Nebraska farmer Herman Ostery had a problem. His barn needed to be moved 110 feet to make room for a new road that was coming through. He planned to tear it down, though it was in fine shape, and rebuild it 110 feet away, but he dreaded all that work. When his neighbors heard about this, they had an unusual idea: “What if we all picked up your barn together and carried it where you want it to be?”
Herman was dubious, but agreed to let them try. Days later, 328 friends and neighbors arrived. Using a hydraulic jack, they lifted the barn slightly off the ground. Then everyone picked up Ostery’s barn and moved it 110 feet. Each person carried an estimated fifty pounds.
The Protestant idea of the priesthood of the believers, with an s on the end of believers, is that we are priests to one another, taking care of each other. The misleading version—the priesthood of the believer—leaves off the s and claims that we don’t need a priest or anyone else. It’s just me and God. But that’s not true. We’re in this together. When we recognize, even cherish, our dependence on others, we become church.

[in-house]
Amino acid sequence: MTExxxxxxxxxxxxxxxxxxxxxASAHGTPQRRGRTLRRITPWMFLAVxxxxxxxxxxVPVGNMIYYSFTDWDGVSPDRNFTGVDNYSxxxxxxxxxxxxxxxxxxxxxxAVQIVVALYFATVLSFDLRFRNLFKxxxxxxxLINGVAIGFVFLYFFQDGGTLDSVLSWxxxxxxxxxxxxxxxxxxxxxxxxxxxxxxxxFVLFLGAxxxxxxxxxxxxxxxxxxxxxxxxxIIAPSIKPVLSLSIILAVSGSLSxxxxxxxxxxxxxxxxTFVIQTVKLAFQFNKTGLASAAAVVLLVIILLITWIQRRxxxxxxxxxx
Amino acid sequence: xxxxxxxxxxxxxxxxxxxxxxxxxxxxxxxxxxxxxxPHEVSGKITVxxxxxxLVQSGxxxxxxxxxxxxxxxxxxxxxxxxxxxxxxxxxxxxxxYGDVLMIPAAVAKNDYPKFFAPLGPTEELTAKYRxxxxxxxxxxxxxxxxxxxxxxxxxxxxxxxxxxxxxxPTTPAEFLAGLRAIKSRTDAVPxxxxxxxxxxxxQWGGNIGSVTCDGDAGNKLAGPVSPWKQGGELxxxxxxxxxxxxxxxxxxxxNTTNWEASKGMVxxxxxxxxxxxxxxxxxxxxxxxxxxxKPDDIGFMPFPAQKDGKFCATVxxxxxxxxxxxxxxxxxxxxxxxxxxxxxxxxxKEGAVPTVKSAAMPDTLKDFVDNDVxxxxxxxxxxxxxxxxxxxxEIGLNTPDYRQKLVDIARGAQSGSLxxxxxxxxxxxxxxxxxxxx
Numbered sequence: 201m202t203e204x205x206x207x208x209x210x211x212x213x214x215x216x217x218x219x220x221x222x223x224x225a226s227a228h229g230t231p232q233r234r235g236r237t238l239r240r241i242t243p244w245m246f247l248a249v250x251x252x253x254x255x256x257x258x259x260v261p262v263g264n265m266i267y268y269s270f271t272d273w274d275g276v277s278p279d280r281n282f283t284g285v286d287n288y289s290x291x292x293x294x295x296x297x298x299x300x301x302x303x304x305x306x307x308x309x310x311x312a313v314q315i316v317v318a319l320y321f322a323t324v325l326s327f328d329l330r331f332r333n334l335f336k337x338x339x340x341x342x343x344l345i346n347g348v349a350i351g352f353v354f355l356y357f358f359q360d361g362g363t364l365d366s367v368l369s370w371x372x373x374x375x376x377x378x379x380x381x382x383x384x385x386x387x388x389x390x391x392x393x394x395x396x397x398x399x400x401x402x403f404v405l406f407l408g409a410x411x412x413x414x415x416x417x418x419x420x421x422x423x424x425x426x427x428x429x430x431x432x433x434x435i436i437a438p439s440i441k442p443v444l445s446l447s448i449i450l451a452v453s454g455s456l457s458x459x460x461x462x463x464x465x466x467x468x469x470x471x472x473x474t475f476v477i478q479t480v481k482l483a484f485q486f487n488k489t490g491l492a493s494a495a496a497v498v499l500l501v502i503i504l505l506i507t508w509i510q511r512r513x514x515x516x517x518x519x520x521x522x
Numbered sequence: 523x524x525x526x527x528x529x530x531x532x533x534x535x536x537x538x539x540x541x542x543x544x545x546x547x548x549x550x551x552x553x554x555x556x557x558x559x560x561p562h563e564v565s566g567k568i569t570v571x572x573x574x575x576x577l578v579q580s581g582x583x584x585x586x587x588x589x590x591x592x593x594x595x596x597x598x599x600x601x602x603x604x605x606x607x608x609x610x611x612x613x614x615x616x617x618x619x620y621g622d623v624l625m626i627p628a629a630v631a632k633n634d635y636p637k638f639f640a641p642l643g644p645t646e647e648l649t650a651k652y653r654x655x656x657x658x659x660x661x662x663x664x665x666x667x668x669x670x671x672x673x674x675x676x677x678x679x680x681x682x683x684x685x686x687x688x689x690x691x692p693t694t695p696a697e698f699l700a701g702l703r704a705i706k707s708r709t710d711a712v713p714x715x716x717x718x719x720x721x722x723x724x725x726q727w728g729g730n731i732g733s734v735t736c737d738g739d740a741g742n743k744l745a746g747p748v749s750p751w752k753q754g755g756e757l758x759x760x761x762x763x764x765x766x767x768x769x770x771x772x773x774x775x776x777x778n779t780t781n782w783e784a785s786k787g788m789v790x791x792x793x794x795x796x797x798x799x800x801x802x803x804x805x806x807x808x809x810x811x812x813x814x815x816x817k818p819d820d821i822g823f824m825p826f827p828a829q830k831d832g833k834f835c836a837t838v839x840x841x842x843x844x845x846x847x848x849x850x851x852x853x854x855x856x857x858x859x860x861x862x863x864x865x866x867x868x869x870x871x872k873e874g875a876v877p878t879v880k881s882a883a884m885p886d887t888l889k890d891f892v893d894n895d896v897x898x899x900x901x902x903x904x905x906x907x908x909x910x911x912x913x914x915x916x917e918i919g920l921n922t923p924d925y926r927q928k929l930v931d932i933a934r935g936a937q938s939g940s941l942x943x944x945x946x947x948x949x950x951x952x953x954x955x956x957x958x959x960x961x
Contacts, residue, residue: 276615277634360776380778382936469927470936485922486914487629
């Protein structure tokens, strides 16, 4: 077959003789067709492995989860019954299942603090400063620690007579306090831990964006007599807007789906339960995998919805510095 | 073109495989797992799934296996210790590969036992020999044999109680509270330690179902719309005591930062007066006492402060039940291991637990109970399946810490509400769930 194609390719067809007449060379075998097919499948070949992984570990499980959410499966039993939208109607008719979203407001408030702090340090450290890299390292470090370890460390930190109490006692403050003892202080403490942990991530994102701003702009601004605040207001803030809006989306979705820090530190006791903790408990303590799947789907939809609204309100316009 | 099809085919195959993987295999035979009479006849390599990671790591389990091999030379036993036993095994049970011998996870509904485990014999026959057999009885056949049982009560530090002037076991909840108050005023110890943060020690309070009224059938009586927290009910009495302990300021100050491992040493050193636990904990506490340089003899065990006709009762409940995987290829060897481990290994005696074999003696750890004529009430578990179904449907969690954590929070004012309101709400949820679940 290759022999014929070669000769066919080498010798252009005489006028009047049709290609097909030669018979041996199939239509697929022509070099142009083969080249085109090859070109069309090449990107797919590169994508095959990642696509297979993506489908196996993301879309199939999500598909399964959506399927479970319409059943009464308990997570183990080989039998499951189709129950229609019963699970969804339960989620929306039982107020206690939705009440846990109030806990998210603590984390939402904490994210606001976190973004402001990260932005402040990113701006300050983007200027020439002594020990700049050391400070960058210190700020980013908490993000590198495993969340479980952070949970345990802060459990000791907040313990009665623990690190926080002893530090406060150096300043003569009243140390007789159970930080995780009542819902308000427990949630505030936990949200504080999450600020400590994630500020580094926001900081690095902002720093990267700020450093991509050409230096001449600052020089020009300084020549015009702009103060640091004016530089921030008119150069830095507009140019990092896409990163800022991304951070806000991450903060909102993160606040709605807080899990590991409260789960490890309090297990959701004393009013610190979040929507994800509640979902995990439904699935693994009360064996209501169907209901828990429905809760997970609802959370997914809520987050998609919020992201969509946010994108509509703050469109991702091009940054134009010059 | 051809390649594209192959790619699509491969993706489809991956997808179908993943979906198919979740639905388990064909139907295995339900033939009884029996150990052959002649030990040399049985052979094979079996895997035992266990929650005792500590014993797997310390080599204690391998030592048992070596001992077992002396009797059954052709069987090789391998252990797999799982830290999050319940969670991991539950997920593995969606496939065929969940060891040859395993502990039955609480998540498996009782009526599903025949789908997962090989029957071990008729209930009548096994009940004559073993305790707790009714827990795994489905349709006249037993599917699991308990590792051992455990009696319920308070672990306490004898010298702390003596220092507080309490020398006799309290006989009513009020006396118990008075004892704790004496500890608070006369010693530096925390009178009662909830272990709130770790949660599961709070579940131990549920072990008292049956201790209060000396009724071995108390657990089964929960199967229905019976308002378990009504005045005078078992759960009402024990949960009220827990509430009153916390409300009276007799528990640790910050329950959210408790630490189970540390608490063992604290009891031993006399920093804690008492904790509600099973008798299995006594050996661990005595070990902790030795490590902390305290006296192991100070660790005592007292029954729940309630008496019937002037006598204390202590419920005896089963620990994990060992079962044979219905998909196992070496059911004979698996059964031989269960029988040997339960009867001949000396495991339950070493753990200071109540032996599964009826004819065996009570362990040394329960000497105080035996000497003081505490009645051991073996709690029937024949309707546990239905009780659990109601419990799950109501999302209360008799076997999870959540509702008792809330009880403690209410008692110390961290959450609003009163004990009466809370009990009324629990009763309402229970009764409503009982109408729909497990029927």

Selfishness keeps us from seeing how much we need each other. Paul tells the church to stop complaining. Stop dwelling on how we think we’ve been slighted. Stop ignoring, fearing, or merely tolerating one another.
At its best the Church moves past selfishness. A complaining person becomes grateful. A lonely person is welcomed. A hurting person is brought back from despair. A selfish person is invited to care. Church happens through warm handshakes and surprising smiles, through relinquishing our stubbornness and helping to lift.
When have you seen the church do the equivalent of moving a barn? What similar thing could you do in the near future?
God, use us to renew your church. Help us to recognize our need for one another and the possibilities you create for us when we see that truth. Amen.